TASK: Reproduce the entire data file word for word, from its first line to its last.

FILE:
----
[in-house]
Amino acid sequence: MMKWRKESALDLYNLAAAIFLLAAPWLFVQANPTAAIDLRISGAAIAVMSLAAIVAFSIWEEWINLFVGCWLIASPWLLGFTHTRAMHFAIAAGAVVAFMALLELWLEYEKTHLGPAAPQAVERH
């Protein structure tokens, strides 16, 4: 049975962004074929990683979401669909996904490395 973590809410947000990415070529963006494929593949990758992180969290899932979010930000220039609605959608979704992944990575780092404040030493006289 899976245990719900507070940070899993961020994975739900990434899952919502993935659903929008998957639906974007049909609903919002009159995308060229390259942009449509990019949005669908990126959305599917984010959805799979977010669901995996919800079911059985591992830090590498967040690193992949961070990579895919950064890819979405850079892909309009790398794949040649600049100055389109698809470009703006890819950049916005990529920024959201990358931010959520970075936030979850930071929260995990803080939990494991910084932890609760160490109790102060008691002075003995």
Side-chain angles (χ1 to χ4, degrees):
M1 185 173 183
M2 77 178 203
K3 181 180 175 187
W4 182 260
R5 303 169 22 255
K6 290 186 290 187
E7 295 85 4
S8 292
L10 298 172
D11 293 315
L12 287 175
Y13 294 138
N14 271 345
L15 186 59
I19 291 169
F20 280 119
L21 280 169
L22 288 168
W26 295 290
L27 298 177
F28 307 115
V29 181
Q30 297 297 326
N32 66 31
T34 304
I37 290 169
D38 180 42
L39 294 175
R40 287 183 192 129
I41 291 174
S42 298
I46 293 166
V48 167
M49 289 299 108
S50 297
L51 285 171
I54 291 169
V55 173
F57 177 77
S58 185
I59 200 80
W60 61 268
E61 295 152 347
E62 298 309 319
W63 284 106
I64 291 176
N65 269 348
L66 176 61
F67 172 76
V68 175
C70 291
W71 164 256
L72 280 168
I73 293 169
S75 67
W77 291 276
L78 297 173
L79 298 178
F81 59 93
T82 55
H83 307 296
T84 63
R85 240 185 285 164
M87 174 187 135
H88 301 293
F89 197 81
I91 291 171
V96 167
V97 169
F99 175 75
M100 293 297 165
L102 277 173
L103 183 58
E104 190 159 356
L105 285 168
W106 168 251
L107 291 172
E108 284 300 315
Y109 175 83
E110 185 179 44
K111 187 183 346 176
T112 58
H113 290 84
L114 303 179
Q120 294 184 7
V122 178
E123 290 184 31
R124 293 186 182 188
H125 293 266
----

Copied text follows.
[in-house]
Amino acid sequence: MMKWRKESALDLYNLAAAIFLLAAPWLFVQANPTAAIDLRISGAAIAVMSLAAIVAFSIWEEWINLFVGCWLIASPWLLGFTHTRAMHFAIAAGAVVAFMALLELWLEYEKTHLGPAAPQAVERH
């Protein structure tokens, strides 16, 4: 049975962004074929990683979401669909996904490395 973590809410947000990415070529963006494929593949990758992180969290899932979010930000220039609605959608979704992944990575780092404040030493006289 899976245990719900507070940070899993961020994975739900990434899952919502993935659903929008998957639906974007049909609903919002009159995308060229390259942009449509990019949005669908990126959305599917984010959805799979977010669901995996919800079911059985591992830090590498967040690193992949961070990579895919950064890819979405850079892909309009790398794949040649600049100055389109698809470009703006890819950049916005990529920024959201990358931010959520970075936030979850930071929260995990803080939990494991910084932890609760160490109790102060008691002075003995």
Side-chain angles (χ1 to χ4, degrees):
M1 185 173 183
M2 77 178 203
K3 181 180 175 187
W4 182 260
R5 303 169 22 255
K6 290 186 290 187
E7 295 85 4
S8 292
L10 298 172
D11 293 315
L12 287 175
Y13 294 138
N14 271 345
L15 186 59
I19 291 169
F20 280 119
L21 280 169
L22 288 168
W26 295 290
L27 298 177
F28 307 115
V29 181
Q30 297 297 326
N32 66 31
T34 304
I37 290 169
D38 180 42
L39 294 175
R40 287 183 192 129
I41 291 174
S42 298
I46 293 166
V48 167
M49 289 299 108
S50 297
L51 285 171
I54 291 169
V55 173
F57 177 77
S58 185
I59 200 80
W60 61 268
E61 295 152 347
E62 298 309 319
W63 284 106
I64 291 176
N65 269 348
L66 176 61
F67 172 76
V68 175
C70 291
W71 164 256
L72 280 168
I73 293 169
S75 67
W77 291 276
L78 297 173
L79 298 178
F81 59 93
T82 55
H83 307 296
T84 63
R85 240 185 285 164
M87 174 187 135
H88 301 293
F89 197 81
I91 291 171
V96 167
V97 169
F99 175 75
M100 293 297 165
L102 277 173
L103 183 58
E104 190 159 356
L105 285 168
W106 168 251
L107 291 172
E108 284 300 315
Y109 175 83
E110 185 179 44
K111 187 183 346 176
T112 58
H113 290 84
L114 303 179
Q120 294 184 7
V122 178
E123 290 184 31
R124 293 186 182 188
H125 293 266